Worse still, year-on-year core inflation is set to increase over the next few months, even if declining energy prices pull headline inflation down. This time last year saw the rapid increases in core inflation thanks to unprecedented increases in used car prices. The nearly 10% monthly jumps—sustained across a full quarter—pushed headline and core inflation up nearly 2%. Now that those months have faded from year-on-year calculations, elevated price growth from other core CPI items (namely, housing and other services) is likely to mix with base effects to bump core inflation up over the next few months—unless car prices somehow sink just as rapidly as they rose.
There’s also a critical, widening gap between the various measures of inflation in the US. CPI is most popular with the public—it comes out first and is designed to reflect the costs born directly by US consumers, so remains more directly applicable to the private spending of individuals. But the Personal Consumption Expenditures Price Index (PCEPI) is preferred by the Federal Reserve because it cover a wider variety of spending and employs more advanced weighting and methodological techniques. Normally the difference is fairly immaterial—CPI tends to run higher than PCEPI over the long run, but the difference between the two averages something like 0.3-0.5% per year. Not today—the gap between the CPI and PCEPI sits at more than 2% for the first time since the 1980s. That’s still small comfort when PCEPI is running higher than 6% and when consumers are focused on the high food and energy prices that make up a relatively higher share of CPI.
There are some reasons for cautious optimism, though. Oil prices have retreated in recent weeks and gas prices have retreated further as refinery spreads—the cost to convert crude to refined products like gasoline—decline from near-record highs. Natural gas prices have also retreated as reduced capacity at a domestic Liquefied Natural Gas (LNG) facility in Texas prevents shipments from being sent to Europe. That could pull inflation significantly down in July, but it would still leave gasoline and natural gas prices at about double their 2019 levels.
Motor vehicle production in the US has also picked up significantly after slumping throughout 2021 thanks to an ongoing semiconductor shortage. For the last four months, output has been holding near normal-ish levels that are much higher than anything achieved since the start of 2021. Production is still below 2019 level and a significant shortfall of vehicles remains—meaning automakers still have to make up for lost time—but a reduction in car prices could take a large cut out of inflation if or when it occurs.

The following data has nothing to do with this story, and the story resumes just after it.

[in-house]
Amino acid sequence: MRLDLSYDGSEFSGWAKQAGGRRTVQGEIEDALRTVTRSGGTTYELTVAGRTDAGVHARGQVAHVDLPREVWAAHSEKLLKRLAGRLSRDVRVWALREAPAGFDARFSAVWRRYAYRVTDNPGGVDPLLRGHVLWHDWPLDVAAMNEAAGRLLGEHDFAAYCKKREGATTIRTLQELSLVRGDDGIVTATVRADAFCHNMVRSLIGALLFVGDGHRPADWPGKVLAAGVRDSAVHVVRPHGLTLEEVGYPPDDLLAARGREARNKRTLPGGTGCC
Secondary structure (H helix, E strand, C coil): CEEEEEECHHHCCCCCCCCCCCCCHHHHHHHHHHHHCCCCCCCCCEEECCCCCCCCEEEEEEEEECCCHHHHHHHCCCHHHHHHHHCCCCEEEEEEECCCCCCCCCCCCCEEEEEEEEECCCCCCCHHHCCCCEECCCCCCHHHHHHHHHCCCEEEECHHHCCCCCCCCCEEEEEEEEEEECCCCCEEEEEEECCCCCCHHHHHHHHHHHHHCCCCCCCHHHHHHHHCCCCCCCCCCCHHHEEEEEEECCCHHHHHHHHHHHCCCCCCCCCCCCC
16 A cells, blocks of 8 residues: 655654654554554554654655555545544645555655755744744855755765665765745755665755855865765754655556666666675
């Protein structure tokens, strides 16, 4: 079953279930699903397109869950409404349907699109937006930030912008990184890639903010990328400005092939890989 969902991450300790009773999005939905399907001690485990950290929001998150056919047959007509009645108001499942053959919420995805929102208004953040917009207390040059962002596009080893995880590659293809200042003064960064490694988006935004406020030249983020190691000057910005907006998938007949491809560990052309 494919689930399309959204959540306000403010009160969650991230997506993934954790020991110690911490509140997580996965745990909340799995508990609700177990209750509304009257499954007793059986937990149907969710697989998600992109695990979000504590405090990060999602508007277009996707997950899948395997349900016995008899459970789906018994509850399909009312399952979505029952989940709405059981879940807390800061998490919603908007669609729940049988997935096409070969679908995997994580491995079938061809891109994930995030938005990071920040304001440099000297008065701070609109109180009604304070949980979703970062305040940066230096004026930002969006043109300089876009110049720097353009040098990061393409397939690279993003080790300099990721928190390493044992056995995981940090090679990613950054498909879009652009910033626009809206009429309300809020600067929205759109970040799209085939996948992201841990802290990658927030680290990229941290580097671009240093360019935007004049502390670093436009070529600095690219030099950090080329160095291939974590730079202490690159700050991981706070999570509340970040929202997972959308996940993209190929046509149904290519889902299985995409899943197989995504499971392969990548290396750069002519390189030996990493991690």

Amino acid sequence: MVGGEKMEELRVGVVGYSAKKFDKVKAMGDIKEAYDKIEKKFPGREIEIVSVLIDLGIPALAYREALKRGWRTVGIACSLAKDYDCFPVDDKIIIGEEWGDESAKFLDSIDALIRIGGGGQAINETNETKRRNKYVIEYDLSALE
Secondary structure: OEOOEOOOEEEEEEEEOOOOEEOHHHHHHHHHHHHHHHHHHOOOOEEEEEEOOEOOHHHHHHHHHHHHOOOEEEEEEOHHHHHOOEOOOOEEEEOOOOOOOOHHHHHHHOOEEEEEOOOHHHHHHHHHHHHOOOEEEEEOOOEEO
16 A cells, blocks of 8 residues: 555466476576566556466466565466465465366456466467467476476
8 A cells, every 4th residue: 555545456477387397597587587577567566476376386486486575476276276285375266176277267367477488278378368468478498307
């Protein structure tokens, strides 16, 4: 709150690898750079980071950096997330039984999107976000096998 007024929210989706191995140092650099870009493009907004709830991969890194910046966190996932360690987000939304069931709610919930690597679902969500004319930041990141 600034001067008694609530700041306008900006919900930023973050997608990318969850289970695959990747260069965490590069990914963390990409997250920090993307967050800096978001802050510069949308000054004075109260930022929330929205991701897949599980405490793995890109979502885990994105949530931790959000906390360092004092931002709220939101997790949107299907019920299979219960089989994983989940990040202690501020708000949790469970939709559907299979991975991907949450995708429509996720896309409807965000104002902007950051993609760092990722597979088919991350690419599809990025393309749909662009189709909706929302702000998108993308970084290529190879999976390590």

It’s housing prices, though, that will be critical to watch in the coming months. Shelter alone makes up 1/3 of the CPI, and its level of growth tends to be stickier than nearly any other item. Right now, rent prices are growing at the fastest monthly pace since the mid 1980s and are a significant contributor to high overall inflation. The good news is that rent price inflation may be declining—though still high by historical standards. Private data from Zillow and ApartmentList show a recent deceleration in housing prices that could filter through to CPI over the next 6 months to year. As we’ve discussed before, CPI’s rent measurements will not likely ever show the same rapid price hikes that private data observes simply due to the tendency for private data to overrepresent lease turnovers and exhibit some other sampling biases—but directional movement in real-time data could still be informative for future shifts in shelter inflation.
There are signs that disinflation could be coming—from commodity prices, inflation expectations, freight shipping rates, rising retail inventories, and more. Still, if there is anything the last few months should have taught us it’s that macroeconomic shocks can come out of the blue and cause unexpected downstream consequences.
Time will tell whether—and how much—disinflation will manifest and if inflation can be brought down easily. But in the meanwhile, it will remain critical to acknowledge and analyze the intricacies of inflation dynamics—because of, not in spite of, the high headline number.